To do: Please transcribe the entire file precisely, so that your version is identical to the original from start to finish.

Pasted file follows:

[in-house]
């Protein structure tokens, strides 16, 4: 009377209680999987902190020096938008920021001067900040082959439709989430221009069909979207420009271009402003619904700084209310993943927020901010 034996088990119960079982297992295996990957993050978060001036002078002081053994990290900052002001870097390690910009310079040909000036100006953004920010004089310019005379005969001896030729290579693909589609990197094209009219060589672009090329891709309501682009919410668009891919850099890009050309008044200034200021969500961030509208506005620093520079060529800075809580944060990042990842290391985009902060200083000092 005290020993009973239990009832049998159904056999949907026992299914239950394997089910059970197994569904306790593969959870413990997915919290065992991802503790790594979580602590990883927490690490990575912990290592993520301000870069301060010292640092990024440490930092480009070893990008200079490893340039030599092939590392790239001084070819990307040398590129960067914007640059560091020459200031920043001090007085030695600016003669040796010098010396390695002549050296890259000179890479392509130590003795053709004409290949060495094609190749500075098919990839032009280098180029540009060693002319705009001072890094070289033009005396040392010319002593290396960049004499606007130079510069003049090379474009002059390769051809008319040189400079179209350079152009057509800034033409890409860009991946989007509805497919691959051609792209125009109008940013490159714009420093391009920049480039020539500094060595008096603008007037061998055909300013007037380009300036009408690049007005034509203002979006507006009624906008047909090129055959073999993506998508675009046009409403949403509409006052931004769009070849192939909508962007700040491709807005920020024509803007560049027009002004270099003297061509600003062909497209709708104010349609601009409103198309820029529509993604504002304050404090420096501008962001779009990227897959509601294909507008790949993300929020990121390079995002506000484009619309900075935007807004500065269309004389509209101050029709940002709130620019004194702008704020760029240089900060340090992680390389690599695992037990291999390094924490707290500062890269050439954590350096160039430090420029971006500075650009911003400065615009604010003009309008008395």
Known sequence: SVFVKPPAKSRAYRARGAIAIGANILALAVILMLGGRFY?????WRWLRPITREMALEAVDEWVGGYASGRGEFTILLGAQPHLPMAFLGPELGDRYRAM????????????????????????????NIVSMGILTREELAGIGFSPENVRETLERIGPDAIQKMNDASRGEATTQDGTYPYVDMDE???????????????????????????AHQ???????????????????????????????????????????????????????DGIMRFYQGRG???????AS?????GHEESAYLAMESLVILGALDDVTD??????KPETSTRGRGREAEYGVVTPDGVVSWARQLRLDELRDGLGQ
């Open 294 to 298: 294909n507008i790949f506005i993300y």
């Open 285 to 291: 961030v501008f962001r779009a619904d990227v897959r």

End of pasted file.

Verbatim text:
[in-house]
């Protein structure tokens, strides 16, 4: 009377209680999987902190020096938008920021001067900040082959439709989430221009069909979207420009271009402003619904700084209310993943927020901010 034996088990119960079982297992295996990957993050978060001036002078002081053994990290900052002001870097390690910009310079040909000036100006953004920010004089310019005379005969001896030729290579693909589609990197094209009219060589672009090329891709309501682009919410668009891919850099890009050309008044200034200021969500961030509208506005620093520079060529800075809580944060990042990842290391985009902060200083000092 005290020993009973239990009832049998159904056999949907026992299914239950394997089910059970197994569904306790593969959870413990997915919290065992991802503790790594979580602590990883927490690490990575912990290592993520301000870069301060010292640092990024440490930092480009070893990008200079490893340039030599092939590392790239001084070819990307040398590129960067914007640059560091020459200031920043001090007085030695600016003669040796010098010396390695002549050296890259000179890479392509130590003795053709004409290949060495094609190749500075098919990839032009280098180029540009060693002319705009001072890094070289033009005396040392010319002593290396960049004499606007130079510069003049090379474009002059390769051809008319040189400079179209350079152009057509800034033409890409860009991946989007509805497919691959051609792209125009109008940013490159714009420093391009920049480039020539500094060595008096603008007037061998055909300013007037380009300036009408690049007005034509203002979006507006009624906008047909090129055959073999993506998508675009046009409403949403509409006052931004769009070849192939909508962007700040491709807005920020024509803007560049027009002004270099003297061509600003062909497209709708104010349609601009409103198309820029529509993604504002304050404090420096501008962001779009990227897959509601294909507008790949993300929020990121390079995002506000484009619309900075935007807004500065269309004389509209101050029709940002709130620019004194702008704020760029240089900060340090992680390389690599695992037990291999390094924490707290500062890269050439954590350096160039430090420029971006500075650009911003400065615009604010003009309008008395």
Known sequence: SVFVKPPAKSRAYRARGAIAIGANILALAVILMLGGRFY?????WRWLRPITREMALEAVDEWVGGYASGRGEFTILLGAQPHLPMAFLGPELGDRYRAM????????????????????????????NIVSMGILTREELAGIGFSPENVRETLERIGPDAIQKMNDASRGEATTQDGTYPYVDMDE???????????????????????????AHQ???????????????????????????????????????????????????????DGIMRFYQGRG???????AS?????GHEESAYLAMESLVILGALDDVTD??????KPETSTRGRGREAEYGVVTPDGVVSWARQLRLDELRDGLGQ
């Open 294 to 298: 294909n507008i790949f506005i993300y």
């Open 285 to 291: 961030v501008f962001r779009a619904d990227v897959r």